How Humanity Gave Itself an Extra Life and Politics as a Lifesaver
Dr. Karen Plaut, Glenn W. Sample Dean of the College of Agriculture, Purdue University
Recently, I read a New York Times commentary by David Leonhardt entitled Politics as a Lifesaver. This commentary made a reference that led me to Steven Johnson’s How Humanity Gave Itself an Extra Life article in the New York Times Magazine. Johnson’s article is a fascinating lesson on how scientists develop technical expertise, but it is the ability to persuade the community through political and social mechanisms that really influences and changes society, which is extremely relevant to many of today’s critical issues.
Excerpt from Politics as a Lifesaver
“I wanted to highlight Johnson’s essay, because I think it sheds light on many of the world’s biggest challenges today, like Covid and climate change. On their face, they might seem to be technical problems. In truth, they are more political than technical.
“Scientists have already invented amazing Covid vaccines; the question is how quickly the world can produce and dispense them. Scientists have also developed technologies that produce energy with relatively little pollution. Yes, further technical progress is important, but the bigger question is when political leaders and voters will decide to prioritize the fight against climate change.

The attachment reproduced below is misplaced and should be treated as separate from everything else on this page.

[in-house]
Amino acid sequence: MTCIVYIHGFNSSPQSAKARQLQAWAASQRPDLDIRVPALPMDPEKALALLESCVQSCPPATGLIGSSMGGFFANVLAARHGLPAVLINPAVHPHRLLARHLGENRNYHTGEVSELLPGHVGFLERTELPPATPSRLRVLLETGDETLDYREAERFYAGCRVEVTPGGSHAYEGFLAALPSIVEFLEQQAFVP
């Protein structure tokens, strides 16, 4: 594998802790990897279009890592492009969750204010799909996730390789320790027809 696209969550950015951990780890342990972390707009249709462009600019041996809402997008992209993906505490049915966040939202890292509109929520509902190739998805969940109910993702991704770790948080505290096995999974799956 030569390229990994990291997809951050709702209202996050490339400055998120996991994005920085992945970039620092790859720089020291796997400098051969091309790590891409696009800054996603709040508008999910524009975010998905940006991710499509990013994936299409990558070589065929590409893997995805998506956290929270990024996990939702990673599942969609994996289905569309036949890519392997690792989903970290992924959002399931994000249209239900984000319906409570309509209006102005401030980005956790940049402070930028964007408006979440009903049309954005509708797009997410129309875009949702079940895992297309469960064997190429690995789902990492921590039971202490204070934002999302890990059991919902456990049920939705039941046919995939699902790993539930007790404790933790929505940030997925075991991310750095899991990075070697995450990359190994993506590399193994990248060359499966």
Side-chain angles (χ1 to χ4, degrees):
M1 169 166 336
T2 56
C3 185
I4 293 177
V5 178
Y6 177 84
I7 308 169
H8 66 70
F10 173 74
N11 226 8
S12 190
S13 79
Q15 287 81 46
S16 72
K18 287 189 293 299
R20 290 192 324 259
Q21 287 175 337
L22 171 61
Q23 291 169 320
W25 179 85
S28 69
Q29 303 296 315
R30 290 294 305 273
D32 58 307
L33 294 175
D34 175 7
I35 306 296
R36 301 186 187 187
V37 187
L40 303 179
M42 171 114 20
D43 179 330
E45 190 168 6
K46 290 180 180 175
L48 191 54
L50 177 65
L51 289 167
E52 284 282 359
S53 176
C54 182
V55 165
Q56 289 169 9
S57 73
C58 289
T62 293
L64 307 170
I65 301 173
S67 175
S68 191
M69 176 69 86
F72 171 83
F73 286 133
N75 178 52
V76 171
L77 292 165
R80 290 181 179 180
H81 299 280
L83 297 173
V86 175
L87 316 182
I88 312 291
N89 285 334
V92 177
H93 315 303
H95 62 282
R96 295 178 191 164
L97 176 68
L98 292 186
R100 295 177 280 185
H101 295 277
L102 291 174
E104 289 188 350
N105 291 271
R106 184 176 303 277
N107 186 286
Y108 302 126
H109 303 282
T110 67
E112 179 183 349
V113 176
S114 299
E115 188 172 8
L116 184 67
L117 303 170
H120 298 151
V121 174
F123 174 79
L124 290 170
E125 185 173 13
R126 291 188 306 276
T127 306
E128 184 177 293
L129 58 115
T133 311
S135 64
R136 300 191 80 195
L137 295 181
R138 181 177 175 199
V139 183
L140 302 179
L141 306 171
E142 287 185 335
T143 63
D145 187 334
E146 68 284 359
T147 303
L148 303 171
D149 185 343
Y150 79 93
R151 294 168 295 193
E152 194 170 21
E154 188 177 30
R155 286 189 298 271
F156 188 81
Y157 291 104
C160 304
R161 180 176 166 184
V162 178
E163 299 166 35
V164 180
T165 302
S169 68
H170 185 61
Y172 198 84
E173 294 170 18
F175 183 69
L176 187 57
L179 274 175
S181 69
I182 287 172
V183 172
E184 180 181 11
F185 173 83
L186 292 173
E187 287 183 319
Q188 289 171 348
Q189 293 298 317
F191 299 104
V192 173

“A similar dynamic also applies to many big economic questions. There isn’t a big mystery about how to reduce inequality and lift living standards for most Americans. Raising taxes on the wealthy, which are historically low, and devoting the money to everyone else would make a real difference. But that doesn’t mean it will happen.
“Americans sometimes like to dismiss politics as a grubby business that is disconnected from the things that really matter — science, health and everyday life. And while politics certainly can be grubby, it also remains the most powerful mechanism for human progress.”
We talk a lot about data-driven decision making on Consumer Corner, because there are many good reasons to use data to make business decisions. The problem is that when we become data-driven, we face a few unfortunate truths, which we explored in great detail in our letter Don’t Eat Random Mushrooms.
In our house, we like to read the classics — Dr. Seuss, Sesame Street, Goodnight Moon, and so on. With two little ones at home, fitting in adult reading can be a real challenge! However, many of the books we read have important take-home points for me and my kiddos.
How do we measure success in business? Most often we have used financial metrics to look at success, but what if we measured success based on how people within a business experienced the work necessary to create these outstanding financial metrics? This is the rough premise of Clifton and Harter’s book, Wellbeing at Work.